Johnny could see Jessamyn’s involuntary movement. He hoped Lowell hadn’t seen it. “I thought she might have been behind the door Kratz was in front of, but she wasn’t,” he said.
“It’s too bad,” the mayor regretted. Reminded of Kratz, he cheered up. “Incredible that you should have been able to handle him. My secretary told me the ambulance driver said he was still unconscious upon arrival at the hospital. When I think of the verbal abuse I’ve taken from that—that musclebound oaf I could—well, I must run. Come as soon as you can. We must think of something that will smooth it over for Toby.”
“Give him a minute an’ then run out there an’ make sure he really goes,” Johnny said in a low tone to Jessamyn behind the white-maned mayor’s departing back. “An’ bring back a cab.”
She nodded and went out. Johnny returned to the bedroom and opened the door. Micheline spoke before he could. “Johnny, why can’t we go home? I must get Genevieve some clothes.”
“The lid’s not on yet,” he argued. “You want to stick your neck back in the noose? I got a place I think is safe. Stay under cover a few more hours. Toby Lowell should be on his way by now an’ if he’s half the man he used to be things are due to begin fallin’ back into shape around here.”
“But—” She pulled herself up. “You’re right. I shouldn’t argue with you. If it hadn’t been for you—”
“Fix the little lady up in her blanket again,” Johnny interrupted her. “I’ll carry her.” He walked out to the cherry-paneled living room and listened at the door for Jessamyn’s tap-tap-tap.
“He’s gone,” she reported when he let her in. “He had a cab waiting. I’ve got one out there for you.”
“Fine.” He looked to the bedroom and then back at her. “When we go you better not hang around here. Somebody’s liable to put two an’ two together. Go down to the library.”
“With my eyes like this! Don’t be ridiculous.”
“Get out of this place. It’s only got one door,” he insisted. “Stay out in the bright sunshine. I’m not foolin’. This thing may not be over yet.”
She shook her head firmly. “I have appearances to keep up as far as my job is concerned, you know. I can’t appear in public like this.”
He abandoned the argument and went to the bedroom. Genevieve stood on the bed, once again in her blanket cocoon. Johnny picked her up and her arms went around his neck. Micheline followed him back out into the other room. “Thank you,” she said gravely to Jessamyn.
“Be careful,” Johnny warned her as they left the apartment. She nodded silently. At the outer door Johnny spoke to Micheline. “Let’s make this fast. The less you’re seen in the daylight the better I’ll like it.”
They went down the cement to the cab at a fast walk. Johnny handed the girl in to Micheline and climbed in and slammed the door. “The Gamecock,” he said to the cab driver.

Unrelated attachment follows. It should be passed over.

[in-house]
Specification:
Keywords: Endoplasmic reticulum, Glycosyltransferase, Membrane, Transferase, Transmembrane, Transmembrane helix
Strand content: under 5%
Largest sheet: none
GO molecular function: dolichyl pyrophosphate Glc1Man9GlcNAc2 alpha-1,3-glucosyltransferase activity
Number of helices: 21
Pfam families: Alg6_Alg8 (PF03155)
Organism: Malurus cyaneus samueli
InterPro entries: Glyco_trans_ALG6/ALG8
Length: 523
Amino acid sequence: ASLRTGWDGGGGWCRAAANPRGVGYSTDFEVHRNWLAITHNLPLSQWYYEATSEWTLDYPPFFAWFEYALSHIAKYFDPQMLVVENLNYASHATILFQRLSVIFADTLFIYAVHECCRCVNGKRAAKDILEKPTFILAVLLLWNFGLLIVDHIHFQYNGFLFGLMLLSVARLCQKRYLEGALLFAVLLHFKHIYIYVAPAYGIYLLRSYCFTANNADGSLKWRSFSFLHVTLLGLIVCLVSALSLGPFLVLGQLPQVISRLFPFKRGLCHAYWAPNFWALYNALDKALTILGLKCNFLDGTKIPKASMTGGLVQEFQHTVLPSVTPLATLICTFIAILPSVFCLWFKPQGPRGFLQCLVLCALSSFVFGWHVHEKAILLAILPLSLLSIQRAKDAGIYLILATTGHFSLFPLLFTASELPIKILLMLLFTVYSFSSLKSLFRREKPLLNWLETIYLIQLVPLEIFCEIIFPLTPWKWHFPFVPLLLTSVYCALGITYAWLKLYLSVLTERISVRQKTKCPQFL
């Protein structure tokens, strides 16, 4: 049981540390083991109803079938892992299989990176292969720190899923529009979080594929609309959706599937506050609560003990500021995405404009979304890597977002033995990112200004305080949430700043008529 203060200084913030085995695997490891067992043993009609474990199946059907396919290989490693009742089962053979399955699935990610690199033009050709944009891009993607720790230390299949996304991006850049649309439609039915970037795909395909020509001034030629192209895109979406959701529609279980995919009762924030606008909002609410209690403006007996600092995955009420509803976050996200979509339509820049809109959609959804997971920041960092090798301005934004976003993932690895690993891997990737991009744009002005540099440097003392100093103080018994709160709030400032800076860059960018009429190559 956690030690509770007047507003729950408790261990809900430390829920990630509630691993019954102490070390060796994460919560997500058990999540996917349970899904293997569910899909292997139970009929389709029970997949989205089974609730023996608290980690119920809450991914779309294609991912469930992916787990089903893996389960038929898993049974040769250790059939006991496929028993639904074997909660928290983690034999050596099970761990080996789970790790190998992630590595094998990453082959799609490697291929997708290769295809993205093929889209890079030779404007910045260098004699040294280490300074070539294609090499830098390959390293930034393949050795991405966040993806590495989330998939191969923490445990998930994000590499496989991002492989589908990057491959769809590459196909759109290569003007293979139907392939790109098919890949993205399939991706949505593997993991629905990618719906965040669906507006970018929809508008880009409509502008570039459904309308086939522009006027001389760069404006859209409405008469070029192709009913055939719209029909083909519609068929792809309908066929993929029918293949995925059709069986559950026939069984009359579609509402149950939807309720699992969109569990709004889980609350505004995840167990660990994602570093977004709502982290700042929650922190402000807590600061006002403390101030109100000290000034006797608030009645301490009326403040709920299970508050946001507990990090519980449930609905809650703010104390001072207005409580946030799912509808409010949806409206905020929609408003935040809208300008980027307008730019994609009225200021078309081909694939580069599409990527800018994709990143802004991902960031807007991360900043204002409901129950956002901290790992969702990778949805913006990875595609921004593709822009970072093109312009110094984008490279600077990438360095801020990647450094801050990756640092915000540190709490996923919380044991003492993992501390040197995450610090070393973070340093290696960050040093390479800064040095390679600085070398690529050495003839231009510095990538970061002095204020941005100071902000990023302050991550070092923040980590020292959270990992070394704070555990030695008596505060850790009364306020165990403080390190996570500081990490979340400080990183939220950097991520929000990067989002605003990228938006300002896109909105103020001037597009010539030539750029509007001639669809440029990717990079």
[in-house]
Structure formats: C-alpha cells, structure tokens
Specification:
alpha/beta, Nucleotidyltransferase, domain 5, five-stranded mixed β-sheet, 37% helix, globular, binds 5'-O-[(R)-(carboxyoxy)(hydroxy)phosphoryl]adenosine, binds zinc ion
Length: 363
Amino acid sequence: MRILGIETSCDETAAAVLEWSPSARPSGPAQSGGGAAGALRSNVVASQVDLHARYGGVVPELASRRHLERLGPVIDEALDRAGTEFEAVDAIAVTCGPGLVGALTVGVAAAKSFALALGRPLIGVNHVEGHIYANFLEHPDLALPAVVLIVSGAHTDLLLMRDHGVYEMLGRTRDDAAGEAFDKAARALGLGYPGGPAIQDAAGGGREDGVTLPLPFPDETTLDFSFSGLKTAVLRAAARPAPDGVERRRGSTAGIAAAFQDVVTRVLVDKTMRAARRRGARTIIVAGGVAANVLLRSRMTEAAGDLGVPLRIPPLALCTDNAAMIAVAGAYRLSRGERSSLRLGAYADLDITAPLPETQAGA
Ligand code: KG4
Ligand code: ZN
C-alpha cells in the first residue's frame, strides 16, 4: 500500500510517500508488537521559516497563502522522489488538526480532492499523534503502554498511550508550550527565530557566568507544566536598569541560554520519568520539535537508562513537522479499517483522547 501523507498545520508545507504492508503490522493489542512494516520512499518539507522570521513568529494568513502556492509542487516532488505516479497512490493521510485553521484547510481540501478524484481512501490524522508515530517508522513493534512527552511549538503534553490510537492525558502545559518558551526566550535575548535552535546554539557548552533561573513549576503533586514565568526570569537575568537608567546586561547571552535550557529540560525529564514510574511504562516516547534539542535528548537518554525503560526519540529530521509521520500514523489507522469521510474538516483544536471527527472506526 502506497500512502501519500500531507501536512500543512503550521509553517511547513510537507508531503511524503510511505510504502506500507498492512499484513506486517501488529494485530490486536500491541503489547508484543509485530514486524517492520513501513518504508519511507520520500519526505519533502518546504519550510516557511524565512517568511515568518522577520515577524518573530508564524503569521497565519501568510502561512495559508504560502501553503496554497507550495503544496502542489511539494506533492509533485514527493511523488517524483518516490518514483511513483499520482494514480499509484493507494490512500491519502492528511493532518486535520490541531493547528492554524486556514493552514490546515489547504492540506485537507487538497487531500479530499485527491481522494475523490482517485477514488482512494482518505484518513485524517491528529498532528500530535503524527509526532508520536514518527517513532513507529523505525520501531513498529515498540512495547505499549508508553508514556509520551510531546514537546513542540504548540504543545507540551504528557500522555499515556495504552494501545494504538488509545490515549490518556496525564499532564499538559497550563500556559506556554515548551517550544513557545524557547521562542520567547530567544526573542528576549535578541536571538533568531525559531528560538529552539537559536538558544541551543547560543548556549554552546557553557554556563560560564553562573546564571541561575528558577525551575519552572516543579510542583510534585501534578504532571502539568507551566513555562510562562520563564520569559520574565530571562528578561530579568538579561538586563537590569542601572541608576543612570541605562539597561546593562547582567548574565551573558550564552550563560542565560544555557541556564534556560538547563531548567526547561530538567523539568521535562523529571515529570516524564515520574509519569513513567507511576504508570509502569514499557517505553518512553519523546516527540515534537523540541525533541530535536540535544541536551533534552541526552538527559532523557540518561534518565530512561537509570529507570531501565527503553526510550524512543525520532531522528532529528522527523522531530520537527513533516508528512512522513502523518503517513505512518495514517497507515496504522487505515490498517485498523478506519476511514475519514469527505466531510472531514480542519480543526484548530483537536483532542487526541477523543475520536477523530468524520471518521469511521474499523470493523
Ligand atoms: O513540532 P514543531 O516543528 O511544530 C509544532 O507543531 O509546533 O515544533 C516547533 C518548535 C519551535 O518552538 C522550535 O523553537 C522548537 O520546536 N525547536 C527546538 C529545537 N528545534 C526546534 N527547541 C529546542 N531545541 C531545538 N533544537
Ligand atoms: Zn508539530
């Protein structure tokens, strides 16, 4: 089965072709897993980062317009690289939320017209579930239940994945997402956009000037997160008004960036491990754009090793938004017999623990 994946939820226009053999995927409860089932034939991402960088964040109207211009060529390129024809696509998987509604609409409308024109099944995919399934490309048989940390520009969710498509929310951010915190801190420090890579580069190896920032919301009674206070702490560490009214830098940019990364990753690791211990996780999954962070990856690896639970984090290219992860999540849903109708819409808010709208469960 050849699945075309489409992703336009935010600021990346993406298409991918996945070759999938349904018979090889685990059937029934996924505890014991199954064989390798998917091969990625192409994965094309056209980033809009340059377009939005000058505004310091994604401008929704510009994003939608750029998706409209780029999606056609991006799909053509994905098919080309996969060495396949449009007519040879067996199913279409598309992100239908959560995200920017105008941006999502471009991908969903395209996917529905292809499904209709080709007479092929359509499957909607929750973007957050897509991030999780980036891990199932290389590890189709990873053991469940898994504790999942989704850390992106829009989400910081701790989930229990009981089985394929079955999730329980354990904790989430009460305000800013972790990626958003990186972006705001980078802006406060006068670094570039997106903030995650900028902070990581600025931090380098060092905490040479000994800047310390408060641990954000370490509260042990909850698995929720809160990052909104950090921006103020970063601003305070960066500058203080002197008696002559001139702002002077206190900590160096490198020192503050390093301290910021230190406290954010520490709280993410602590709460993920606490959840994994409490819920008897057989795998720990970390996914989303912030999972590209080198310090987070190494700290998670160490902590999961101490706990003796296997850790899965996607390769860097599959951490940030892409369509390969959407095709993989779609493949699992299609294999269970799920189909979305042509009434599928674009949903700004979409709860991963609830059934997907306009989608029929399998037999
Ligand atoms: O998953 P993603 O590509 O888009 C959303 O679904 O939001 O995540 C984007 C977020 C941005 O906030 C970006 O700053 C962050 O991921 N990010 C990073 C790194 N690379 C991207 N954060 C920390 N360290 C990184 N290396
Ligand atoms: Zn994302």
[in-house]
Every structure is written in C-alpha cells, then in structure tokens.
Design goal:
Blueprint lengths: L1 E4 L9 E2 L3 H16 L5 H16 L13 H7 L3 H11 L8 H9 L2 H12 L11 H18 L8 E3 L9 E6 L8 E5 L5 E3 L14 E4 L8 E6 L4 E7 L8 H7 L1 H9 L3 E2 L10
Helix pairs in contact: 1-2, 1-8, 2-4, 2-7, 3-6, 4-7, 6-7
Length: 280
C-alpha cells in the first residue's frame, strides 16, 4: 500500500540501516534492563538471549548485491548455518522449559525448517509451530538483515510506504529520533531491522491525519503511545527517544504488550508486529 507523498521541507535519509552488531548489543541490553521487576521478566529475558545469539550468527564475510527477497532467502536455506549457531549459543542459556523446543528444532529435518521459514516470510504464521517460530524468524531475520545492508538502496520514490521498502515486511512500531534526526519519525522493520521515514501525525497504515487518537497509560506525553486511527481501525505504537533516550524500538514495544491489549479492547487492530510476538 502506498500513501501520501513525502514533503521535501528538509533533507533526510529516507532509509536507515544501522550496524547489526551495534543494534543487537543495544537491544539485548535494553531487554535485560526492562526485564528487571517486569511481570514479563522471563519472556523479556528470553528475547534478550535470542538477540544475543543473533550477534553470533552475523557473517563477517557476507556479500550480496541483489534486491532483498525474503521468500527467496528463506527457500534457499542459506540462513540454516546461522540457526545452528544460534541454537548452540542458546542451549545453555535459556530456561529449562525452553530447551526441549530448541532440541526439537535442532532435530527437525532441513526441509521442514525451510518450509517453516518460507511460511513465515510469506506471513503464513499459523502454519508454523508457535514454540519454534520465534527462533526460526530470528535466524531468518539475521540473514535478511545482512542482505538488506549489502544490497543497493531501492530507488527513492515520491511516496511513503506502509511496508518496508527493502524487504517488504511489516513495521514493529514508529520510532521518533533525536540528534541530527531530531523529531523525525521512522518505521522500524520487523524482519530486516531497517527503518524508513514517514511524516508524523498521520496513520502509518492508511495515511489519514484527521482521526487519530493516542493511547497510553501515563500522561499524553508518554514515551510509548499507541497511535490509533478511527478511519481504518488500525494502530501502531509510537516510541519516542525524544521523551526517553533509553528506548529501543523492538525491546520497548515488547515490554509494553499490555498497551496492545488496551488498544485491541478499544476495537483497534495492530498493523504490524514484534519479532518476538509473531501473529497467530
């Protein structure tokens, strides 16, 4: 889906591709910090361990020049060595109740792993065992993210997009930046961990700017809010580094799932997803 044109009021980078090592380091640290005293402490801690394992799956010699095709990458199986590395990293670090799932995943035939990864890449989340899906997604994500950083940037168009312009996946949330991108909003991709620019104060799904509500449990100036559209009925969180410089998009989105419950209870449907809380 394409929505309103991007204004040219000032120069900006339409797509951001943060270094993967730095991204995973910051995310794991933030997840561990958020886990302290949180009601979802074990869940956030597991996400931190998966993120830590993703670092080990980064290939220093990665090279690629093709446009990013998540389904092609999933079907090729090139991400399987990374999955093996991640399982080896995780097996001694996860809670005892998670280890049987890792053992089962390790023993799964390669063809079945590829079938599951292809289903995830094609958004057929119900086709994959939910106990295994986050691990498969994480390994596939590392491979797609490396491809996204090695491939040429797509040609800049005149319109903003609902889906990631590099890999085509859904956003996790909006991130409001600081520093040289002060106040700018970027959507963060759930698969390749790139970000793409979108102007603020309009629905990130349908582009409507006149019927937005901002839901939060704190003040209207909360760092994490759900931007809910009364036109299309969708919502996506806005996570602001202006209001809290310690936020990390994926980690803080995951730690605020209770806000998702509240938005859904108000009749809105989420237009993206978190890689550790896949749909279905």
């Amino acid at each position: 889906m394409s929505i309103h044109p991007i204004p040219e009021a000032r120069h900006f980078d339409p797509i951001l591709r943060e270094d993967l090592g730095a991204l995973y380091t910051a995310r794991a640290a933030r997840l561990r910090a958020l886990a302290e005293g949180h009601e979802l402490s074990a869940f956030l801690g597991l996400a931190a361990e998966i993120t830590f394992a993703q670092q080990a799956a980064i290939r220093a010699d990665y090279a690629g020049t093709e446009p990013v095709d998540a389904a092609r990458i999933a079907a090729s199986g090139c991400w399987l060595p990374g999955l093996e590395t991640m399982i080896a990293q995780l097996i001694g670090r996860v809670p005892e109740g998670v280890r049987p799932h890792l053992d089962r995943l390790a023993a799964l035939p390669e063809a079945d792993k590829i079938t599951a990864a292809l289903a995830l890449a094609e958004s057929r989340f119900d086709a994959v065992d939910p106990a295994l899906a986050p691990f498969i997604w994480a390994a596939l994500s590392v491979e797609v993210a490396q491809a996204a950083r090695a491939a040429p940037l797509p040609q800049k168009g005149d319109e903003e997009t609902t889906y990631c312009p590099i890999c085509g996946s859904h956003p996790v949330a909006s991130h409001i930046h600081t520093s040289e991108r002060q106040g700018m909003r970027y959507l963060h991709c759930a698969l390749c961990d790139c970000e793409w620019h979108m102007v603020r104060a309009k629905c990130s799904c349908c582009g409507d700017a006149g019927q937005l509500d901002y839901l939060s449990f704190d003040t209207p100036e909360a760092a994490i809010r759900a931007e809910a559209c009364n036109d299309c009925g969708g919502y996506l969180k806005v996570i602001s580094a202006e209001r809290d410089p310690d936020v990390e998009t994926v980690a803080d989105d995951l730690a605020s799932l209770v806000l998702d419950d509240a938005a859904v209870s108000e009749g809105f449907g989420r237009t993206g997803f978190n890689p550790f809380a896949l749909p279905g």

“This is close enough,” Johnny called to the taxi driver when they were within half a block of the tavern. He turned to Micheline as the cab swung into the curb. “Wait for me here. I think the boy who runs this place is ready to change horses. It’ll make a perfect cover until things quiet down.”
“You won’t be long?” she asked. “Being in the open on the street like this makes me—concerned.” She glanced at the child quietly watching the passersby.
“The way I’ll put it to him he’ll give me a ‘yes’ or a ‘no’ in about thirty seconds,” Johnny promised. “An’ after I get you two salted down in there I’m goin’ to get in touch with Riley. I think he’s another one about ready to change horses.” He opened the door and prepared to step out on the sidewalk.
“Be careful with that man,” she warned. The planes of her striking features were all highlights and shadows as she looked up at him through the open door. He thought that she had lost weight since the first night he had seen her. “Jack Riley is much changed,” she continued earnestly. “When I saw him in New York with Dick Lowell he had assumed an arrogance I never saw in Jefferson.”
“Yeah? Well, he’s had a couple bumps lately that maybe reduced his hat size.” He closed the car door. “Hang on,” he said through the partly opened window, and started up the street toward the Gamecock.
A dozen yards from the cab the import of her remark struck him. He hesitated, half turned to go back, and then reversed himself. He strode rapidly up the street. Time enough later for the other. Right now he had to get those two off the street.
He entered the tavern and tried to adjust his eyes to the dimness of the interior. When he could see, he noticed that all the booth lights were out and that only a single shirt-sleeved customer stood at the bar. The Gamecock evidently did little business in the daylight hours. So much the better.